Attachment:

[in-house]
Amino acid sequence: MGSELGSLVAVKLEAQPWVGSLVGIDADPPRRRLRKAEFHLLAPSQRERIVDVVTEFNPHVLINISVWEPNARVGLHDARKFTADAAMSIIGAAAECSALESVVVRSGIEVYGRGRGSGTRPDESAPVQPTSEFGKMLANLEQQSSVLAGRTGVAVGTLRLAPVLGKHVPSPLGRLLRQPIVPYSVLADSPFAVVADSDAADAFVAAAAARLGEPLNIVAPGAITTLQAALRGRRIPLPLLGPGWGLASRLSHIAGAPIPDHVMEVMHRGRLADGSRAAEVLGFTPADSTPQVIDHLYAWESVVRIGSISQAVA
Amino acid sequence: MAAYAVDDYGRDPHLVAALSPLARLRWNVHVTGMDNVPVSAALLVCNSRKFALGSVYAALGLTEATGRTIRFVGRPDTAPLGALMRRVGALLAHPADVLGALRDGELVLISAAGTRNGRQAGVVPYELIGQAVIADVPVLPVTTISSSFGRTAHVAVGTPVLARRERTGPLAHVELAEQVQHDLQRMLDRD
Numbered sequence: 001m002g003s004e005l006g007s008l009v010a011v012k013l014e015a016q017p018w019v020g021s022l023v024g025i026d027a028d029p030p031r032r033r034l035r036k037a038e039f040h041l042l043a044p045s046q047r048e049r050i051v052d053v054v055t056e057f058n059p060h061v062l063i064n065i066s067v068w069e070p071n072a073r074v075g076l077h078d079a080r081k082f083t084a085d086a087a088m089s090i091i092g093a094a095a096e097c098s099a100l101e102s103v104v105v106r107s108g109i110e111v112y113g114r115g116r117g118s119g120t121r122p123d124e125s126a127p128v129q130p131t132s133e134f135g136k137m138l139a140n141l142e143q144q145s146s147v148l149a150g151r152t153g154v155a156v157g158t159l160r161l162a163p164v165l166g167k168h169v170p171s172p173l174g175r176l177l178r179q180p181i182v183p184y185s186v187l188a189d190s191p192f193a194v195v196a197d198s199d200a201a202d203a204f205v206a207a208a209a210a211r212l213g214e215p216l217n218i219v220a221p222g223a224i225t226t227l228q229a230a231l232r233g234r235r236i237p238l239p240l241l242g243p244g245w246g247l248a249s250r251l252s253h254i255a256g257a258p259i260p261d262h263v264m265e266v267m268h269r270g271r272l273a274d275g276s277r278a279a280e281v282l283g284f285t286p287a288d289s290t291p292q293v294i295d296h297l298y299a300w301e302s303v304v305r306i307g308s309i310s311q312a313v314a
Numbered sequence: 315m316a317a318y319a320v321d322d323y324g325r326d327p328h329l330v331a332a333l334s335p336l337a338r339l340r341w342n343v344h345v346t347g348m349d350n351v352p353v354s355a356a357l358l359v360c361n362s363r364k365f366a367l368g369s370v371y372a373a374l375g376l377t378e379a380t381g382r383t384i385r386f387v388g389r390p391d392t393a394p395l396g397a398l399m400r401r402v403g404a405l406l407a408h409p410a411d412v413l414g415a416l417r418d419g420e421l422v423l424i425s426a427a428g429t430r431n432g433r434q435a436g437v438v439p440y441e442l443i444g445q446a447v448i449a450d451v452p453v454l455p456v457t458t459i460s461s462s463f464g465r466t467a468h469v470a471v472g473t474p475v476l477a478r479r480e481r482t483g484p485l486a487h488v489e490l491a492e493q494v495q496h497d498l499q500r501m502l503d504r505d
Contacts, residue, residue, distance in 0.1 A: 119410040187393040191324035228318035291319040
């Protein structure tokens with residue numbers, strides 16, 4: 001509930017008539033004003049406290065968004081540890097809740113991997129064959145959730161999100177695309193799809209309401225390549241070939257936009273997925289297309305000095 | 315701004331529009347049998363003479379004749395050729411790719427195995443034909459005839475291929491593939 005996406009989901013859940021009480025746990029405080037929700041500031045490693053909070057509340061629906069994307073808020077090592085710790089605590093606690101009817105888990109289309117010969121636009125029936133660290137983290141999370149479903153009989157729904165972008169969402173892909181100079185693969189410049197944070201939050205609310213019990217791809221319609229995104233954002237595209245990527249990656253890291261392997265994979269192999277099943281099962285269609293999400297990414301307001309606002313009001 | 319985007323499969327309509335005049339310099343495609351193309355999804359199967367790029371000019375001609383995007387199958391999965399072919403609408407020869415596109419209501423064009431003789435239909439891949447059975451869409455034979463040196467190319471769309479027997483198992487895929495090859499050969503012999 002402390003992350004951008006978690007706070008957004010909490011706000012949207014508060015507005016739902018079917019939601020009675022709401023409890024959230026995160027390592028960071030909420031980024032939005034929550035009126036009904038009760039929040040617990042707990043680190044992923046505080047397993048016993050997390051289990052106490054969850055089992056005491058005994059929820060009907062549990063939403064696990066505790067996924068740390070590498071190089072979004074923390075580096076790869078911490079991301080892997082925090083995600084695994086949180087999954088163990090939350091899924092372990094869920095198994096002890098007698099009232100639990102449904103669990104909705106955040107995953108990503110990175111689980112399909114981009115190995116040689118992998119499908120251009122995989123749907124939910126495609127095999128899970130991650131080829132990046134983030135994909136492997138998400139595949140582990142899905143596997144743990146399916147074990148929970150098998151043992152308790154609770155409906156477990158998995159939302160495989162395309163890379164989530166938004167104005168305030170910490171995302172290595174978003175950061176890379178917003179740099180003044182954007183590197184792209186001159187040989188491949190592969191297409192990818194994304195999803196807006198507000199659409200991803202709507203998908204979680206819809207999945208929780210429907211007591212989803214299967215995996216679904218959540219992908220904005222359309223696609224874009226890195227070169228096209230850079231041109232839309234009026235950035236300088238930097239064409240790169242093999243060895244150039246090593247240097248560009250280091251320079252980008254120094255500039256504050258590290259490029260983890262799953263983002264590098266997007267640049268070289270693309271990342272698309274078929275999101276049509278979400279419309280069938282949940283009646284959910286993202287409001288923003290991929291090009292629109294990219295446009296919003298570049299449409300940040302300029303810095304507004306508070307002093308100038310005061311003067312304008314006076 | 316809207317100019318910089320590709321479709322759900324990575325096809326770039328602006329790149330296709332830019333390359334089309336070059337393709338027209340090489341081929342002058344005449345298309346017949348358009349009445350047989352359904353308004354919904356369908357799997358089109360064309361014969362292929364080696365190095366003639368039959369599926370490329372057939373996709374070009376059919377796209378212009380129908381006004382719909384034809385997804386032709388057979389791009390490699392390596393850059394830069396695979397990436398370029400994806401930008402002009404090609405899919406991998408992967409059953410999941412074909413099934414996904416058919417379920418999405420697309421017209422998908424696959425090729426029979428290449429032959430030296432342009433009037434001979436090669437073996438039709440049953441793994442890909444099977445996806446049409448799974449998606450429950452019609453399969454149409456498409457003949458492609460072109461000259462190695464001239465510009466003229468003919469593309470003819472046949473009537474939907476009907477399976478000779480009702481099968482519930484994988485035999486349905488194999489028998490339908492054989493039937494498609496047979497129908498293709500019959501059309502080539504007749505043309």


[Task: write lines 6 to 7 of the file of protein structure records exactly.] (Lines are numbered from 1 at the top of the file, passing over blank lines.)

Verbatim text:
Contacts, residue, residue, distance in 0.1 A: 119410040187393040191324035228318035291319040
């Protein structure tokens with residue numbers, strides 16, 4: 001509930017008539033004003049406290065968004081540890097809740113991997129064959145959730161999100177695309193799809209309401225390549241070939257936009273997925289297309305000095 | 315701004331529009347049998363003479379004749395050729411790719427195995443034909459005839475291929491593939 005996406009989901013859940021009480025746990029405080037929700041500031045490693053909070057509340061629906069994307073808020077090592085710790089605590093606690101009817105888990109289309117010969121636009125029936133660290137983290141999370149479903153009989157729904165972008169969402173892909181100079185693969189410049197944070201939050205609310213019990217791809221319609229995104233954002237595209245990527249990656253890291261392997265994979269192999277099943281099962285269609293999400297990414301307001309606002313009001 | 319985007323499969327309509335005049339310099343495609351193309355999804359199967367790029371000019375001609383995007387199958391999965399072919403609408407020869415596109419209501423064009431003789435239909439891949447059975451869409455034979463040196467190319471769309479027997483198992487895929495090859499050969503012999 002402390003992350004951008006978690007706070008957004010909490011706000012949207014508060015507005016739902018079917019939601020009675022709401023409890024959230026995160027390592028960071030909420031980024032939005034929550035009126036009904038009760039929040040617990042707990043680190044992923046505080047397993048016993050997390051289990052106490054969850055089992056005491058005994059929820060009907062549990063939403064696990066505790067996924068740390070590498071190089072979004074923390075580096076790869078911490079991301080892997082925090083995600084695994086949180087999954088163990090939350091899924092372990094869920095198994096002890098007698099009232100639990102449904103669990104909705106955040107995953108990503110990175111689980112399909114981009115190995116040689118992998119499908120251009122995989123749907124939910126495609127095999128899970130991650131080829132990046134983030135994909136492997138998400139595949140582990142899905143596997144743990146399916147074990148929970150098998151043992152308790154609770155409906156477990158998995159939302160495989162395309163890379164989530166938004167104005168305030170910490171995302172290595174978003175950061176890379178917003179740099180003044182954007183590197184792209186001159187040989188491949190592969191297409192990818194994304195999803196807006198507000199659409200991803202709507203998908204979680206819809207999945208929780210429907211007591212989803214299967215995996216679904218959540219992908220904005222359309223696609224874009226890195227070169228096209230850079231041109232839309234009026235950035236300088238930097239064409240790169242093999243060895244150039246090593247240097248560009250280091251320079252980008254120094255500039256504050258590290259490029260983890262799953263983002264590098266997007267640049268070289270693309271990342272698309274078929275999101276049509278979400279419309280069938282949940283009646284959910286993202287409001288923003290991929291090009292629109294990219295446009296919003298570049299449409300940040302300029303810095304507004306508070307002093308100038310005061311003067312304008314006076 | 316809207317100019318910089320590709321479709322759900324990575325096809326770039328602006329790149330296709332830019333390359334089309336070059337393709338027209340090489341081929342002058344005449345298309346017949348358009349009445350047989352359904353308004354919904356369908357799997358089109360064309361014969362292929364080696365190095366003639368039959369599926370490329372057939373996709374070009376059919377796209378212009380129908381006004382719909384034809385997804386032709388057979389791009390490699392390596393850059394830069396695979397990436398370029400994806401930008402002009404090609405899919406991998408992967409059953410999941412074909413099934414996904416058919417379920418999405420697309421017209422998908424696959425090729426029979428290449429032959430030296432342009433009037434001979436090669437073996438039709440049953441793994442890909444099977445996806446049409448799974449998606450429950452019609453399969454149409456498409457003949458492609460072109461000259462190695464001239465510009466003229468003919469593309470003819472046949473009537474939907476009907477399976478000779480009702481099968482519930484994988485035999486349905488194999489028998490339908492054989493039937494498609496047979497129908498293709500019959501059309502080539504007749505043309």